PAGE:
Piet Mondrian and the six lines that made a masterpiece
This multi-sensory engagement with art, Verbeek explains, is also invited in Mondrian’s 1922 Composition with Blue, Yellow, Red, Black and Grey once you appreciate its musicality. “What I love about this composition is how he changes your sense of verticality and horizontality. It’s not just that you move your eyes, it’s also that your whole mindset changes… in the same plane,” she says. “That is how you are supposed to look at a Mondrian. Not as a picture that you scan, but as a change in direction, in movement, in rhythm, in pace.”
Contemplating a Mondrian, she explains, is a visceral experience: “The members of the Stijl want to evoke a bodily sensation, a very physical type of aesthetics.” Years later, Mondrian would go further, ascribing specific dances to his works. There was a Foxtrot series in the late 1920s, for example, and his final painting Victory Boogie Woogie (1942-4), was a celebration of the syncopated rhythms he adored.
Even the brush strokes perpetuate motion, explains Verbeek. The thin, vertical yellow plane, for example, is painted – counterintuitively – in painstaking horizontal strokes, creating that characteristic duality and opposition, while at the same time reminding us of the individual, the artist’s steady hand, within the universal.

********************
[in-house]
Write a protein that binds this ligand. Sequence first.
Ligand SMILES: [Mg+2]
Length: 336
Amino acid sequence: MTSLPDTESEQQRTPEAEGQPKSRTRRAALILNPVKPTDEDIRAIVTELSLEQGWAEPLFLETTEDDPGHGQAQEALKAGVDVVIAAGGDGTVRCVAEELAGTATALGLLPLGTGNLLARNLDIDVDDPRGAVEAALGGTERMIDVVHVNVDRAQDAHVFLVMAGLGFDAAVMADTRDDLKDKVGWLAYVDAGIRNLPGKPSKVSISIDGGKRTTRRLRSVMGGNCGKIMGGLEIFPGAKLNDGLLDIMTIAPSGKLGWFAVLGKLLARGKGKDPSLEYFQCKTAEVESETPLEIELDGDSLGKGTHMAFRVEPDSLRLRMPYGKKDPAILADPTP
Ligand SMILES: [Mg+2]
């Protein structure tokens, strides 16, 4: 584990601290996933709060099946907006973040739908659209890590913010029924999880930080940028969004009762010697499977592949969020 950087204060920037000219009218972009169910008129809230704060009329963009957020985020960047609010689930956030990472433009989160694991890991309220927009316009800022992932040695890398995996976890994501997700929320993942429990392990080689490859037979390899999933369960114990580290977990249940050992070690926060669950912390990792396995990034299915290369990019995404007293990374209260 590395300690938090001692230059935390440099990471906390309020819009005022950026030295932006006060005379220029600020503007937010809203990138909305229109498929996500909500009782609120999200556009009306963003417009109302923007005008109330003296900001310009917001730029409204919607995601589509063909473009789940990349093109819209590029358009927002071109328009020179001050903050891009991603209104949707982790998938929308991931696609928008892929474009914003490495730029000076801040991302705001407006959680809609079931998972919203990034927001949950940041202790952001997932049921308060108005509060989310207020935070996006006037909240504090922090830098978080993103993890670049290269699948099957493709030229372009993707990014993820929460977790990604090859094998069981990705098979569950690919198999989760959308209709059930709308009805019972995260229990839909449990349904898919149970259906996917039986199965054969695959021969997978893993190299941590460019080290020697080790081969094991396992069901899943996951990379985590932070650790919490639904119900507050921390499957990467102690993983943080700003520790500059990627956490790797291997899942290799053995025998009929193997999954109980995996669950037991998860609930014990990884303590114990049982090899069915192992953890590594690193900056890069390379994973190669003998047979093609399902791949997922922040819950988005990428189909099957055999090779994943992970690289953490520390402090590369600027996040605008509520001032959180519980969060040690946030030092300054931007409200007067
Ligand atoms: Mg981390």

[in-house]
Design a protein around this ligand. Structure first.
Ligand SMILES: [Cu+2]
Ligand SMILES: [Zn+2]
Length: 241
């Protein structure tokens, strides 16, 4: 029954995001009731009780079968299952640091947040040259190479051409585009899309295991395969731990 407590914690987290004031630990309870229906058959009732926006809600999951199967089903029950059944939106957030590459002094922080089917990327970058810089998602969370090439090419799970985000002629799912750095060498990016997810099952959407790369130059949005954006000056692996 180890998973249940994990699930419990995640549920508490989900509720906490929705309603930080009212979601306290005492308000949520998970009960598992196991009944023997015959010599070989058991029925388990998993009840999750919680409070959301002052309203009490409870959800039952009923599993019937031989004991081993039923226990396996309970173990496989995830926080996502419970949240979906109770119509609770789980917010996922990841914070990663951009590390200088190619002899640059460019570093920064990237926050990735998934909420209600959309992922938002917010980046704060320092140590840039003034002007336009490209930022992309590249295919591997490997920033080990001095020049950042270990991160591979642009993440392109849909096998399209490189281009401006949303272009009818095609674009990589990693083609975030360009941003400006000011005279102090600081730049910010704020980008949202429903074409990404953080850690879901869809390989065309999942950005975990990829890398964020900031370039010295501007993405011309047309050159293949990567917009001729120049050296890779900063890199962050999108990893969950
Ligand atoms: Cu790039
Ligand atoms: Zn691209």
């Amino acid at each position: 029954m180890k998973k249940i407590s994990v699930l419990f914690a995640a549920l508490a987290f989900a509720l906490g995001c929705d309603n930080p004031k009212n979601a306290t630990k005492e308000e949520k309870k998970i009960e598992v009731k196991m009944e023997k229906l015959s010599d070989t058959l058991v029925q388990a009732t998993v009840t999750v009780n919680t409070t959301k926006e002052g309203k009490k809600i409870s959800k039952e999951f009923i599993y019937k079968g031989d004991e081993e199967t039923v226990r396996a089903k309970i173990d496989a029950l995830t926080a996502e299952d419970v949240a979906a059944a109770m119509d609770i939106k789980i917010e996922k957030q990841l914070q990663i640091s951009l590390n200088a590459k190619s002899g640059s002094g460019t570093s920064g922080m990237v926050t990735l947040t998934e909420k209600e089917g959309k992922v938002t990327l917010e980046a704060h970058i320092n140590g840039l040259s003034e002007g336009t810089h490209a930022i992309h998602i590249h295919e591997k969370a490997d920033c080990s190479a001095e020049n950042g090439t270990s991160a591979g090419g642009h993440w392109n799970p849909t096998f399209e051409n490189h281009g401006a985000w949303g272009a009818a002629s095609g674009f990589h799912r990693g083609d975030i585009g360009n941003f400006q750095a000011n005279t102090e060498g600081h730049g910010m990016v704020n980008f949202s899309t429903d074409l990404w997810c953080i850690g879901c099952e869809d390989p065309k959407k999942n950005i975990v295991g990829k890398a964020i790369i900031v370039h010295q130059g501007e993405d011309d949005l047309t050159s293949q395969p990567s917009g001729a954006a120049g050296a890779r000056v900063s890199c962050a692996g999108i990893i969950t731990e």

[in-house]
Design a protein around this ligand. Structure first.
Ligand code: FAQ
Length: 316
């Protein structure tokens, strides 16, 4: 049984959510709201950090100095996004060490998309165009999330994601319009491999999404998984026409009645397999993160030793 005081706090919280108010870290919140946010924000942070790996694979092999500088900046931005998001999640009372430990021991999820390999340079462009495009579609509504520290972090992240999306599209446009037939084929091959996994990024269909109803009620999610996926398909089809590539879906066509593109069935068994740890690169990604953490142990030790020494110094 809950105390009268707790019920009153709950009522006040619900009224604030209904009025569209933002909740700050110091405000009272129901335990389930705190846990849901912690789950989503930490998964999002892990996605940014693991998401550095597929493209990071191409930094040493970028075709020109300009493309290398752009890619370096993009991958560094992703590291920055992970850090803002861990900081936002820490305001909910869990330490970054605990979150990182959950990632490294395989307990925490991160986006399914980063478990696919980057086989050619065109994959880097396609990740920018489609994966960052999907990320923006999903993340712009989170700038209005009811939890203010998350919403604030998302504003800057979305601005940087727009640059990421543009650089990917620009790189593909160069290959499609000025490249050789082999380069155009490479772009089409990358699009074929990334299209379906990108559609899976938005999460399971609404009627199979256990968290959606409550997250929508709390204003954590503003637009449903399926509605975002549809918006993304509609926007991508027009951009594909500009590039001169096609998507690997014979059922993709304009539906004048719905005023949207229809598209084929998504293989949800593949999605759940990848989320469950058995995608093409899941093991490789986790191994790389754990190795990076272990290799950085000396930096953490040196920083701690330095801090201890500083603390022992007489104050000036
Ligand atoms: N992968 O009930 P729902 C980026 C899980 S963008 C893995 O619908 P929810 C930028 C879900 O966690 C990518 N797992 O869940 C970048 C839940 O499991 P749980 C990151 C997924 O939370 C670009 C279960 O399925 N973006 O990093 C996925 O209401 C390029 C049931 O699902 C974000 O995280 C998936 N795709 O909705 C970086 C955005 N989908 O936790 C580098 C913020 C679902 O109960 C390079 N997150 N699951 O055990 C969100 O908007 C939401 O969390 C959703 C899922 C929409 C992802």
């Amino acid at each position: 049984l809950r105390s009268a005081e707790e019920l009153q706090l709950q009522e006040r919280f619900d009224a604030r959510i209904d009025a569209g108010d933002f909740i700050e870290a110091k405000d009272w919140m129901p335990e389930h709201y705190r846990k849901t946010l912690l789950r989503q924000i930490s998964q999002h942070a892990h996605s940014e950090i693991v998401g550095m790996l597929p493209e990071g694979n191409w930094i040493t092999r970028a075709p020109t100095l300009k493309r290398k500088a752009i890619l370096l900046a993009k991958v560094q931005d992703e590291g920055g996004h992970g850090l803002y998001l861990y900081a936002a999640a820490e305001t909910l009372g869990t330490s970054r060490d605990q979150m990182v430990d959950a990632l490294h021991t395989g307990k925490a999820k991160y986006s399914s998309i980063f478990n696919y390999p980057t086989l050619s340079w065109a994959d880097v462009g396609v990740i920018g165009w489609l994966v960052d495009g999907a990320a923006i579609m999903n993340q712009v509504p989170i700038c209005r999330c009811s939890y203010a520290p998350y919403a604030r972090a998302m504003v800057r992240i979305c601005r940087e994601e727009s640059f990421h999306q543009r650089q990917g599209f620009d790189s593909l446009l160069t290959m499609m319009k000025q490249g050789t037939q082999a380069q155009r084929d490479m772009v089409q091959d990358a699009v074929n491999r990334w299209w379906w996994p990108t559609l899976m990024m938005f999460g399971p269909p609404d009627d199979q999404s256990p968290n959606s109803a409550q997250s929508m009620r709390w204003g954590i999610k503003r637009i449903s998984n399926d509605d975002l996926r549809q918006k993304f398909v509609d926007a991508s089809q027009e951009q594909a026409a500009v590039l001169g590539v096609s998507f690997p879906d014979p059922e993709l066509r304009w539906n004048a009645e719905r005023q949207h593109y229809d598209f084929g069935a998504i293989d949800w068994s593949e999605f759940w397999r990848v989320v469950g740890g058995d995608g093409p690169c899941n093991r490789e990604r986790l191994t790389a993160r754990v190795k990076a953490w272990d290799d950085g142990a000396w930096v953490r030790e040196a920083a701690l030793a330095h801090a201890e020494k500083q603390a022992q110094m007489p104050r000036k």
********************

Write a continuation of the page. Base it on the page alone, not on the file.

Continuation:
Even appreciated at their most superficial level, Mondrian’s appealing and immediately recognisable grids have made a lasting impression, emboldening and democratising the art world and elevating the status of the graphic and the geometric.
We see the influence of Mondrian’s colour palette and sharp angles in Lichtenstein‘s Pop Art, and echoes of his checkerboards in the painted mosaics of Gerhard Richter. Architects from Slovakia to the US still experiment with the principles of De Stijl, and fashion brands such as Yves Saint Laurent, Hermès, Moschino and even Nike have all brought Mondrian’s grids to life on their runways.
In the Stedelijk Museum, where a century ago Mondrian raised a glass with friends, the 1922 masterpiece hangs innocently, its central white square staring blankly at passing visitors, directing their gaze on a perpetual journey in and around it. Is the work a pattern, a painting, a design or a dance?
For those who know, there’s music within, but most just look on inquisitively. The colours appear to flee the frame and the unfinished grid lines keep up their tease. “I think he just wanted to keep the image as open as possible,” muses the Beyeler’s Ulf Küster. “All good artists ask more questions than they give answers.”
Mondrian Evolution is at the Foundation Beyeler until 9 October 2022.
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